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Kazuo Wada's Answered Prayers



Kazuo Wada is a devoted diarist, setting aside time each morning to put his thoughts on paper. But his is no ordinary journal. Rather than record the previous day's ups and downs, Wada writes his goals--again and again until he achieves them. "If you write down a goal, it becomes part of your consciousness," explains the deeply religious chairman of retail giant Yaohan International Group. "Then you do it." Wada, 62, has filled 40 volumes with Yaohan goals, and he has accomplished most of them.

These days, Wada's diary has much to say about America. In five years, the Japanese entrepreneur plans to put Yaohan department-store-and-grocery complexes in 20 U. S. cities. He also envisions a nationwide chain of take-out sushi bars, starting with an outlet next year in Manhattan's World Trade Center that'll feature bamboo huts and two sushi-making robots. A listing on the New York Stock Exchange is another top goal. On a visit to Wall Street last summer with a Japanese camera crew in tow, Wada strode up to the exchange building and gave it a hug. Wada's aim is nothing less than to export Japanese culture worldwide. By 1997, he vows, Yaohan will be a $7 billion empire spanning Asia, Europe, and North America.

DRIED SQUID. At the rate Yaohan stores are proliferating, Wada is well on the way. The son of a Japanese grocer, he has built the family business into an international enterprise with estimated 1991 sales of $2 billion (table). There are now 117 Yaohan outlets selling Japanese goods around the world, most of them in Japan and Southeast Asia. Eight are in the U. S., and others are going up in Britain, Yaohan's European beachhead, and mainland China. As part of a three-year, $1.2 billion spending plan, Yaohan also is expanding worldwide in shoe shops, bakeries, and Chinese restaurants.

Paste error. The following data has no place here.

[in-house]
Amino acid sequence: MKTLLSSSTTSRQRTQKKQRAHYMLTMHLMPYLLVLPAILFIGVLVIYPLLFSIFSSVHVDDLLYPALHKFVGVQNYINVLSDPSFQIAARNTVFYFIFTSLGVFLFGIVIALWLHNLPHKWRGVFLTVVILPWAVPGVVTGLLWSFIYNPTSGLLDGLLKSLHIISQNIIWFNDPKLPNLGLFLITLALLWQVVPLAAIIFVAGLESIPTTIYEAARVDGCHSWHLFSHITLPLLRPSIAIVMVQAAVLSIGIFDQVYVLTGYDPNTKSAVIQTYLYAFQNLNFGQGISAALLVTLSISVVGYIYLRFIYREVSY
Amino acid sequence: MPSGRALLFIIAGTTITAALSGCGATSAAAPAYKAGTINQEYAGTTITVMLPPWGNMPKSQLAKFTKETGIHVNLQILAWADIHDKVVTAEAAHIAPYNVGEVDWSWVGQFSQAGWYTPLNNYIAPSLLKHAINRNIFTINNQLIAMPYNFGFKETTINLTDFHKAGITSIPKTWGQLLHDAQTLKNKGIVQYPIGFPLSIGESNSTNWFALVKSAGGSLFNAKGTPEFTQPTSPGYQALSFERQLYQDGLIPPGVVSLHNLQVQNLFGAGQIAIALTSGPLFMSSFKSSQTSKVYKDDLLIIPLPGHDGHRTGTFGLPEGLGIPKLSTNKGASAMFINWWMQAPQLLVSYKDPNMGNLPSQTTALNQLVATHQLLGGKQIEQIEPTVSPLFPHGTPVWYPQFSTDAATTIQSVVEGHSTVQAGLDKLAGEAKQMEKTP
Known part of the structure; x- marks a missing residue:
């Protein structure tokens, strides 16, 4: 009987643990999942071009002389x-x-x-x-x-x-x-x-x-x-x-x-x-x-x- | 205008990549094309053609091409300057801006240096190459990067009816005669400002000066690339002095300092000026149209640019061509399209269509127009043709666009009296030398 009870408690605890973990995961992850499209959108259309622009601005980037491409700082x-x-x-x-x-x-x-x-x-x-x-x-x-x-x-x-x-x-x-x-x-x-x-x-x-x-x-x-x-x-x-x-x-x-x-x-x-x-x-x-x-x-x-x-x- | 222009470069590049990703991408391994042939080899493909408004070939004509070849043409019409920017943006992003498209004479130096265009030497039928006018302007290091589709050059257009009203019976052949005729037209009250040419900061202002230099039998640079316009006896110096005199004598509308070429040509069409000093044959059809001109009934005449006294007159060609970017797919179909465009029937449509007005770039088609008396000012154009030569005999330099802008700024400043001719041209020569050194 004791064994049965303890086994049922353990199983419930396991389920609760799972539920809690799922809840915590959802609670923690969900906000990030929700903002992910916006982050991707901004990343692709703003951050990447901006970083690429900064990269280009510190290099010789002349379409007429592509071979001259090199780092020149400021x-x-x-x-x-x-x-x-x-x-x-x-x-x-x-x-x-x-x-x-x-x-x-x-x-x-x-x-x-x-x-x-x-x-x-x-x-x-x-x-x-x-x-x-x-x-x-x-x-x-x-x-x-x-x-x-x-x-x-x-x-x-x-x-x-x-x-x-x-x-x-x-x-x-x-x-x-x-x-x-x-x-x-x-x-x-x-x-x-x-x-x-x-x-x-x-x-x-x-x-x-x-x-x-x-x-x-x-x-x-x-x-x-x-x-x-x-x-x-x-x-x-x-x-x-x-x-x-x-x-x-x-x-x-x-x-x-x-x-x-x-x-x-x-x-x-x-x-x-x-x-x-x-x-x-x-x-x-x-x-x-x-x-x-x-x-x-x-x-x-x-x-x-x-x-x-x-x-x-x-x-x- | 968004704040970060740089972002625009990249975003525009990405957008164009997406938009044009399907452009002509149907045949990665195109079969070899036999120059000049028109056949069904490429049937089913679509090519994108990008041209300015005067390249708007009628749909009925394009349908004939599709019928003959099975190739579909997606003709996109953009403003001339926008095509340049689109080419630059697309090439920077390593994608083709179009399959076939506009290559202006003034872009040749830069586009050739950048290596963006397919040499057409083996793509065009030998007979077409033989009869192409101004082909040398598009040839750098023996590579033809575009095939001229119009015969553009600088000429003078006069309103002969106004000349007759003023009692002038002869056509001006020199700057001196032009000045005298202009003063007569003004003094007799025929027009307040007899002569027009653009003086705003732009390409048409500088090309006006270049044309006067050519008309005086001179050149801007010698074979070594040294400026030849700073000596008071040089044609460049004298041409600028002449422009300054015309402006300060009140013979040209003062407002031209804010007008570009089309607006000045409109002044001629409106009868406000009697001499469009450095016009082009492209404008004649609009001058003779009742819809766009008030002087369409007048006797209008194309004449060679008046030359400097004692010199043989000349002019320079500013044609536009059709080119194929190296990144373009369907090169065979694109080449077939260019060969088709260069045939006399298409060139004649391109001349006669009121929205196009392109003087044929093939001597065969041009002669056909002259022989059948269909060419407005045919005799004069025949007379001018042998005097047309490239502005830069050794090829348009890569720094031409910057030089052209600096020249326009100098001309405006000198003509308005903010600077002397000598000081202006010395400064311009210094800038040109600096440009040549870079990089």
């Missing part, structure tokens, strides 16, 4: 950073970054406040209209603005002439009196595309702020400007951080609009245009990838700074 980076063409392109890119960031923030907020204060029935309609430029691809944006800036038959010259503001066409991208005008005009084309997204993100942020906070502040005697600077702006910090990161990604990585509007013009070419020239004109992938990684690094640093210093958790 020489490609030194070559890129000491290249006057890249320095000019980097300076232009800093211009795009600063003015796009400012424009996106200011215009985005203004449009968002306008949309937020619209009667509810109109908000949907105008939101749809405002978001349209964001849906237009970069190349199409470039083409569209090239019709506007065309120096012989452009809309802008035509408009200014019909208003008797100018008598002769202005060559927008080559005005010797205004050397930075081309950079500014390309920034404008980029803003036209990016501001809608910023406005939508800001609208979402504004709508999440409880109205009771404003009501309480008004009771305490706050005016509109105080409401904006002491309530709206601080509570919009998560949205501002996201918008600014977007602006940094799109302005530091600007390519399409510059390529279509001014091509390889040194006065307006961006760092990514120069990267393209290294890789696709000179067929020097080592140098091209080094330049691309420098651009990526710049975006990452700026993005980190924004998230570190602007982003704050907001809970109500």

In the U. S., Wada is targeting large communities of Asians, who account for at least 70% of Yaohan's U. S. sales. Shoppers at the spacious Yaohan Plaza in Edgewater, N. J., can stock up on pricey delicacies such as dried squid, mundane items such as Japanese brands of dishwasher soap, and typical American groceries. They can also arrange vacations at a travel agency, rent Japanese movies, check out the latest in golf equipment, and dine on sushi at a cafe overlooking the Hudson River. The other seven American Yaohans are in California. This year, in hot pursuit of America's fast-growing Asian market, Yaohan is opening megastores in Torrance, Calif., and Chicago. Future sites include Atlanta, Houston, and Washington.

Wada gets his inspiration from a little-known religion called Seicho No Ie, or House of Growth. The sect, which was co-founded by his mother when he was a child, combines Shinto, Buddhist, and Christian concepts and teaches universal love, positive thinking, and communing with God through meditation. Adherents believe prayer has a direct bearing on financial success.

Even Yaohan clerks are steeped in Wada's "truth of life" philosophy. Before being hired, applicants must take three months to absorb House of Growth scripture. Then they write three essays relating the philosophy to what jobs they will do. At spiritual training sessions, staffers hold hands and tell each other they are beautiful. Employees don't have to join the House of Growth or donate money, but membership seems to be obligatory for top managers: They're all disciples.